kitedoc Type 1 · Well-Known Member

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    Familiar story of staff convenience over patient need. Elevator music for all. I wish you all luck and help in this battle with bureaucracy. ? lobby local member of Parliament, ? newspaper article "Aesthetics of an insulin pump - one size fits all or no size fits all", or "Is that a cigarette pack you are wearing?", ?ask all dsns, doctors and administrators in area to wear something of the pump size and see how they do wearing it., ? survey of forum members re pump size preference.
    Chin up - just like bureaucracy, spaghetti's inflexibility softens with enough heat !!
    (But in Australia when you wish to cook a galah (a raucous type of parrott or a derogatory term for a politician), throw a stone in the water with the galah and boil until the stone is soft).
     
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  17. ronialive

    ronialive Type 1 · Well-Known Member

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    Medtronic don't do a waterproof pump so I hope we do get a choice.
     
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  18. helensaramay

    helensaramay Type 1 · Expert

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    This entirely depends on the health care team.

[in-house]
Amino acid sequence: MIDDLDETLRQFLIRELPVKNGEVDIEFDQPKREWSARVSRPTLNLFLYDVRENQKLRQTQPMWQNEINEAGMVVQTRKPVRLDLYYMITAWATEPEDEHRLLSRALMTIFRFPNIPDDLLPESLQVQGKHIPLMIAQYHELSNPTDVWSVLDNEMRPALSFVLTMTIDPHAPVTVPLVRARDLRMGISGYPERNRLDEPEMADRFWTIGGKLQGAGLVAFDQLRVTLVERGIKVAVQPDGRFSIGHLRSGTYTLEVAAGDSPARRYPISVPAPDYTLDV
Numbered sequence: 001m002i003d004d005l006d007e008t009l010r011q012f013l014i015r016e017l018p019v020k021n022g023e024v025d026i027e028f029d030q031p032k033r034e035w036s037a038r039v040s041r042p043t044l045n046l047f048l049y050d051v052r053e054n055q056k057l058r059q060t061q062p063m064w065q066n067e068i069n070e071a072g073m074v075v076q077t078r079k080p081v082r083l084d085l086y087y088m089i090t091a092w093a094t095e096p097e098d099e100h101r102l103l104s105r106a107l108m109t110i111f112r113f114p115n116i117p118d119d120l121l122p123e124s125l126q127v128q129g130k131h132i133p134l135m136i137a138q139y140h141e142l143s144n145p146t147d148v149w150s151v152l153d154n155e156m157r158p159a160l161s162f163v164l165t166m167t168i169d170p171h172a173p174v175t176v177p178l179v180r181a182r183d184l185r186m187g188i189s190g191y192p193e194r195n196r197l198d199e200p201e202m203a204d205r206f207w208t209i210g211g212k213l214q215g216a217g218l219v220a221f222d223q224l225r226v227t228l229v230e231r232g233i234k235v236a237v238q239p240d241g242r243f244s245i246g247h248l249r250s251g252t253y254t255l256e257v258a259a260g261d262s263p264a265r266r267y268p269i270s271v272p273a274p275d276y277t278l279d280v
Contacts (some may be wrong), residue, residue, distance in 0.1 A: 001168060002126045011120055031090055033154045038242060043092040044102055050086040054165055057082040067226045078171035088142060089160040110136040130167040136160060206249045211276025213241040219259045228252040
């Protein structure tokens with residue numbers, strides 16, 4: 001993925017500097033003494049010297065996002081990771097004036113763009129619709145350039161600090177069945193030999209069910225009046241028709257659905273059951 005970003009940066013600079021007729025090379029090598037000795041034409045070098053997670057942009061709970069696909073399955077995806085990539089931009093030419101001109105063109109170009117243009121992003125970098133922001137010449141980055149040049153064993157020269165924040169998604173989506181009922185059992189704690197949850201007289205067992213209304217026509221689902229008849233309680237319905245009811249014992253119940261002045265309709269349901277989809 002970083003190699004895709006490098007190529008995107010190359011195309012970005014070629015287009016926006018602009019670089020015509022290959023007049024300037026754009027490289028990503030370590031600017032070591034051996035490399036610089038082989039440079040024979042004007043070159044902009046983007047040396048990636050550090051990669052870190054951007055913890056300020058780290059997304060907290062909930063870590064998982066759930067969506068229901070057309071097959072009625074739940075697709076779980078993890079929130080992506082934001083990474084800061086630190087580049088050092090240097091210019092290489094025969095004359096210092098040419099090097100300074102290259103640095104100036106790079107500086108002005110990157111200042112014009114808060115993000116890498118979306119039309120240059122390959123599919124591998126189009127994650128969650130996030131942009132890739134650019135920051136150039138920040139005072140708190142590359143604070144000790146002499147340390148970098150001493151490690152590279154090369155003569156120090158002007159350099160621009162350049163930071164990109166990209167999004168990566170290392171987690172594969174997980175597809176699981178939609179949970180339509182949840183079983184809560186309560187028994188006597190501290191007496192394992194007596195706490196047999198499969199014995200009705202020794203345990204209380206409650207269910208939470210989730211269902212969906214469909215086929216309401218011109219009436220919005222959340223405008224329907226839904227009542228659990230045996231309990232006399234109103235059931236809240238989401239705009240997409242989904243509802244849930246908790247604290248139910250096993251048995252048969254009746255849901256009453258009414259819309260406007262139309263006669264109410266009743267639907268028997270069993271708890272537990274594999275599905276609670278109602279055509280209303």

However, I am intrigued why your interest in a waterproof pump. I have never taken my Animas into the water; I always remove it before entering the shower/swimming pool/jacuzzi.
     
  19. kitedoc

    kitedoc Type 1 · Well-Known Member

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    In Australia, at least, many Aussies indulge in water sports e.g. water skiing, surfing, swimming, kayaking, canoeing, sailing so a waterproof pump is a real bonus for these people. I know one pump user on site writes that he does lots of long distance kayaking.
    I have kayaked with my Animas pump. The length of time is usually for about 2 and one half hours and whilst a bolus of insulin might have bridged that time without the pump on, it is more reassuring to have the pump in case there is an unexpected delay getting back to home.
    When insulin pumps were first available in Australia, a teenage diabetic from a family of keen water-skiers would 'suspend' his pump inside his wet suit and ski away even though the pumps back then were only splash proof.! Not a great example to follow but showing how involvement in sport may cause risks to be taken and bolster demand for waterproof pump development. Developing an insulin pump for, say skin diving, might be a bridge too far though!!!